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Lavington School

EQUA Trust

Religious Studies

Subject Leader: Mrs Jo Gutteridge - j.gutteridge@lavington.wilts.sch.uk

Curriculum Map

Year 7

 What are we studying?

The aim of RS is to enable pupils to gain a better understanding of the people in the world in which we live. We start the year looking at an introduction to different world religions and worldviews; we introduce the 6 most globally followed religions plus the non-theistic worldview of humanism. We will then explore Christian beliefs about the Bible and Jesus, Hindu beliefs that affect the way they live their lives, and finally explore how an Abrahamic and a Dharmic religion tackle the issues surrounding the environment.

In all these units, pupils will get the opportunity to look at different beliefs, evaluate their own ideas and look at the impact for the believer on their life.

How are we assessed?

At the end of each unit pupils will be required to write an extended piece of writing so that we can gauge their understanding for that unit. Criteria will be given beforehand, and pupils will have access to this marking criteria throughout the assessment. Throughout each unit, smaller pieces of work will be produced, with feedback given, to enable the pupil and teacher to check their progress.

How we provide for the SEN and most able pupils

Differentiation and challenge are incorporated into all lessons.  SEN students will be supported appropriately by the class teacher and teaching assistants.

How are we grouped?

All humanities subjects are taught in mixed ability groups.

What homework are we expected to do?

Homework will be set as appropriate every 3-4 lessons.  It may be a short written homework, a piece of research or the learning of key words and ideas, of no more than 30 minutes. Homework arrangements are flexible to reflect the fact that students will only have one lesson per week of RS.

What can parents do to help?

RS is about gaining a better understanding of the world. Please encourage your child to have an open mind about events and stories from around the world, and please engage them in conversations to discuss the religious and ethical issues that arise. Homework that is set will be relevant to the lesson just completed, or to a topic that will be discussed in a future lesson, so please help your child by encouraging them to do this task to the best of their ability; it will help them make maximum progress in class as a result.

Useful resources and equipment

All students should have the following in all RS lessons: a black pen, a green pen, pencil, ruler and rubber. Pupils will also find it useful to have coloured pencils in some lessons.  We would also encourage all students to bring their own glue and scissors to school.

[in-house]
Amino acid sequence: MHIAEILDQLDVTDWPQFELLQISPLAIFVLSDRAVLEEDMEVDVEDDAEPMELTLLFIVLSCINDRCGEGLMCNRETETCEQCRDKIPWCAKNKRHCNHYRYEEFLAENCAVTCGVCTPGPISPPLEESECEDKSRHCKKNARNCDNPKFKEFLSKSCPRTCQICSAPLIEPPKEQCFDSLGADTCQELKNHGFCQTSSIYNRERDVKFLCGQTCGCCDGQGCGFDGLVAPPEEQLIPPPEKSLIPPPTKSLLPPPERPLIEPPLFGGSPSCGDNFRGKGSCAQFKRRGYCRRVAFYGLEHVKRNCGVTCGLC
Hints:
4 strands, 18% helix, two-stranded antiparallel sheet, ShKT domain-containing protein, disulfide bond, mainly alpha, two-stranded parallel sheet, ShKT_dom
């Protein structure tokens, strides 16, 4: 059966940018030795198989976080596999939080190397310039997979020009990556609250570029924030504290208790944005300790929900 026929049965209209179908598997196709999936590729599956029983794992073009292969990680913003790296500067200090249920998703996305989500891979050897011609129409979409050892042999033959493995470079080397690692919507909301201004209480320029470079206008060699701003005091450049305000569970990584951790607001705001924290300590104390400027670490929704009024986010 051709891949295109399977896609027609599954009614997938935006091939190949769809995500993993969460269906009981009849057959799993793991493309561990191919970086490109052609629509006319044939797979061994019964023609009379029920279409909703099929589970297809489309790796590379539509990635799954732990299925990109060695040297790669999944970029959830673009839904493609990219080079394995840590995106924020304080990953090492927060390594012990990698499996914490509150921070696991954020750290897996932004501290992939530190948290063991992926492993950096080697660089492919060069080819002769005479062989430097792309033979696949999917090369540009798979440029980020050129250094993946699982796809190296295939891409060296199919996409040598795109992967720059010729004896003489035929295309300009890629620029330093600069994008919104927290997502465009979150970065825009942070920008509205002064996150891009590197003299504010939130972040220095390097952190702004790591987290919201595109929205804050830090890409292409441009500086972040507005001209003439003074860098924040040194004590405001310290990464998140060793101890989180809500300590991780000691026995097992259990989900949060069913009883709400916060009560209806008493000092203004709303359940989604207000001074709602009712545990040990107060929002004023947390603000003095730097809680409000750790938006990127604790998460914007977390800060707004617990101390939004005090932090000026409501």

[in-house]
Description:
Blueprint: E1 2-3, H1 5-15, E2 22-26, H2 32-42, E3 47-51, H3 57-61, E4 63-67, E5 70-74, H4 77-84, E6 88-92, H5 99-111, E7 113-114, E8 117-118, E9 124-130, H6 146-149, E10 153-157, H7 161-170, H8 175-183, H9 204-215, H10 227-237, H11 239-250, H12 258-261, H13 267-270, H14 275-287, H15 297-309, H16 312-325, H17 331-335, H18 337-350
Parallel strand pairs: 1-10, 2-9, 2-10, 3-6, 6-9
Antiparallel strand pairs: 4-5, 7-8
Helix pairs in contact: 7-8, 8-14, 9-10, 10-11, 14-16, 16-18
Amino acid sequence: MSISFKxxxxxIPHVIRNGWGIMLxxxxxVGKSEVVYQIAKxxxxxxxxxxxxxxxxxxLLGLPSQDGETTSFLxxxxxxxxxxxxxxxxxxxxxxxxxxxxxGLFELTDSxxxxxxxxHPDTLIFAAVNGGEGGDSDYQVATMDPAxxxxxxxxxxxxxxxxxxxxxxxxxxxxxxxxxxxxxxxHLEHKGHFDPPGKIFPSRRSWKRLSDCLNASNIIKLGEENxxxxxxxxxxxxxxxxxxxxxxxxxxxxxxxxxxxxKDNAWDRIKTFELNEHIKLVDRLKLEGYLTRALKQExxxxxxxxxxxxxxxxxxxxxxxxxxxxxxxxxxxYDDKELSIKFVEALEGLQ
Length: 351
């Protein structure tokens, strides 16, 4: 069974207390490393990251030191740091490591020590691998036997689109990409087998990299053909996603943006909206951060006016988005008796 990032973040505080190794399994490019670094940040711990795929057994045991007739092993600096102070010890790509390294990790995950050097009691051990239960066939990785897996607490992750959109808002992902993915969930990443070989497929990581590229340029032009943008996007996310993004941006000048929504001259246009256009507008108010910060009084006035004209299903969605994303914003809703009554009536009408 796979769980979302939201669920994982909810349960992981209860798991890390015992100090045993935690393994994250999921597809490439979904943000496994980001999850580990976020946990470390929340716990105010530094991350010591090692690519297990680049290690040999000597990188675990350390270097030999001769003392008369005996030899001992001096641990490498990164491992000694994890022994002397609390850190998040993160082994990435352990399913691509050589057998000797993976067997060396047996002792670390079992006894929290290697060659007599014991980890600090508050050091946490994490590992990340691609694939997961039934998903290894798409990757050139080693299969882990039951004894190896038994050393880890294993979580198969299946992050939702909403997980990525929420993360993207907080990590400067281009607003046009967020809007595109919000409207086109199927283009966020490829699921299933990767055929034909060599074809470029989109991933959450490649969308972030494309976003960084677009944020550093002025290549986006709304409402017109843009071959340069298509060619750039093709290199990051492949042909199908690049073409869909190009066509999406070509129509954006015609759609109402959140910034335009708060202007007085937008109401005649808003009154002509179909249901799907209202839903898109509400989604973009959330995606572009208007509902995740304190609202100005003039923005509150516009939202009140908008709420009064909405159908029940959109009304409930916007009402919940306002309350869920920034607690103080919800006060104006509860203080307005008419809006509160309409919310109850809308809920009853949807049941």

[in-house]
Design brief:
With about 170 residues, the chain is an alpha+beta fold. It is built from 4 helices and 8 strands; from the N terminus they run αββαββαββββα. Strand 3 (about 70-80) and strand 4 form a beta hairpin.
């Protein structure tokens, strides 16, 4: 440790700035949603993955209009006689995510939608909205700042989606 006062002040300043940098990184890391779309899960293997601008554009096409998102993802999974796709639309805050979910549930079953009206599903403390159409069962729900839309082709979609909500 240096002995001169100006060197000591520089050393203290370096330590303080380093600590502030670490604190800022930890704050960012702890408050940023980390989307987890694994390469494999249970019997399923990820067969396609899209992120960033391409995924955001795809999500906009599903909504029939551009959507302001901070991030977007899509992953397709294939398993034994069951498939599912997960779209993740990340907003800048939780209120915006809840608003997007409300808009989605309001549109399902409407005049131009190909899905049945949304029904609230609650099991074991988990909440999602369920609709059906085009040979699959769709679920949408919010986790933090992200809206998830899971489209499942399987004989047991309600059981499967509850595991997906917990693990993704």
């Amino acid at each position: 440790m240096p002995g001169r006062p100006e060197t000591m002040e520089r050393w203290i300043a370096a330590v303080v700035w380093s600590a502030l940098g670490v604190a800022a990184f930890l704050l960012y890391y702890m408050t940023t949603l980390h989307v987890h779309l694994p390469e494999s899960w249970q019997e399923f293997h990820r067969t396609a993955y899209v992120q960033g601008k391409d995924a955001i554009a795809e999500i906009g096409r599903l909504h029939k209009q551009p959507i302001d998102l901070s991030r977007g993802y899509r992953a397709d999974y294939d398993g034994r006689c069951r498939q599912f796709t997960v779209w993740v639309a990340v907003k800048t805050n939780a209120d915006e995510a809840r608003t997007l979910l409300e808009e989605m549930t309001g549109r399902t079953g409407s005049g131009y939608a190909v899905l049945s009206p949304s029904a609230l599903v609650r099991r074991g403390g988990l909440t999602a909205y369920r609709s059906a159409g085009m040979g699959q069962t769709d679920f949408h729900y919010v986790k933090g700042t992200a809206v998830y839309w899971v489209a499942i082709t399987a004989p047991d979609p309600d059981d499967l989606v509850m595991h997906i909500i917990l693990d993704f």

The main BBC website and the BBC Bitesize pages have useful resources about many of the topics that we cover.

  Information on levels

Year 8

What are we studying?

The aim of RS is to enable pupils to gain a better understanding of the people in the world in which we live. We start the year looking at Sikhism and the idea of equality. We will then explore different beliefs about life after death, followed by an exploration of Buddhist philosophy and beliefs. We end year 8 with applying these ideas and beliefs to a global issue; pupils will be able to explore different responses, both religious and non-religious.

In all these units, pupils will get the opportunity to look at different beliefs (both religious and non- religious), evaluate their own ideas and look at the impact for the believer on their life.

How are we assessed? 

At the end of each unit pupils will be required to write an extended piece of writing so that we can gauge their understanding for that unit. Criteria will be given beforehand, and pupils will have access to this marking criteria throughout the assessment. Throughout each unit, smaller pieces of work will be produced, with feedback given, to enable the pupil and teacher to check their progress.

How we provide for the SEN and most able pupils

Differentiation and challenge are incorporated into all lessons.  SEN students will be supported appropriately by the class teacher and teaching assistants. 

How are we grouped?

All humanities subjects are taught in mixed ability groups.

What homework are we expected to do?

Homework will be set as appropriate every 3-4 lessons.  It may be a short written homework, a piece of research or the learning of key words and ideas, of no more than 30 minutes. Homework arrangements are flexible to reflect the fact that students will only have one lesson per week of RS.

What can parents do to help?

RS is about gaining a better understanding of the world. Please encourage your child to have an open mind about events and stories from around the world, and please engage them in conversations to discuss the religious and ethical issues that arise. Homework that is set will be relevant to the lesson just completed, or to a topic that will be discussed in a future lesson, so please help your child by encouraging them to do this task to the best of their ability; it will help them make maximum progress in class as a result.

Useful resources and equipment

All students should have the following in all RS lessons: a black pen, a green pen, pencil, ruler and rubber. Pupils will also find it useful to have coloured pencils in some lessons.  We would also encourage all students to bring their own glue and scissors to school.

The main BBC website and the BBC Bitesize pages have useful resources about many of the topics that we cover.

  Information on levels

Year 9

What are we studying?

The aim of RS is to enable pupils to gain a better understanding of the people in the world in which we live in. We start the year with an introduction of philosophical questions such as ‘What is reality?’ and ‘Is there a God?’. We explore ethical dilemmas and ethical theories in our next unit, with pupils looking at a number of different responses to modern day ethical issues, including new technological advancements. To end the Year 9 course we will explore a number of the main beliefs and practices within Islam.

In all these units, pupils will get the opportunity to look at different beliefs, evaluate their own ideas and look at the impact for the believer on their life.

How are we assessed?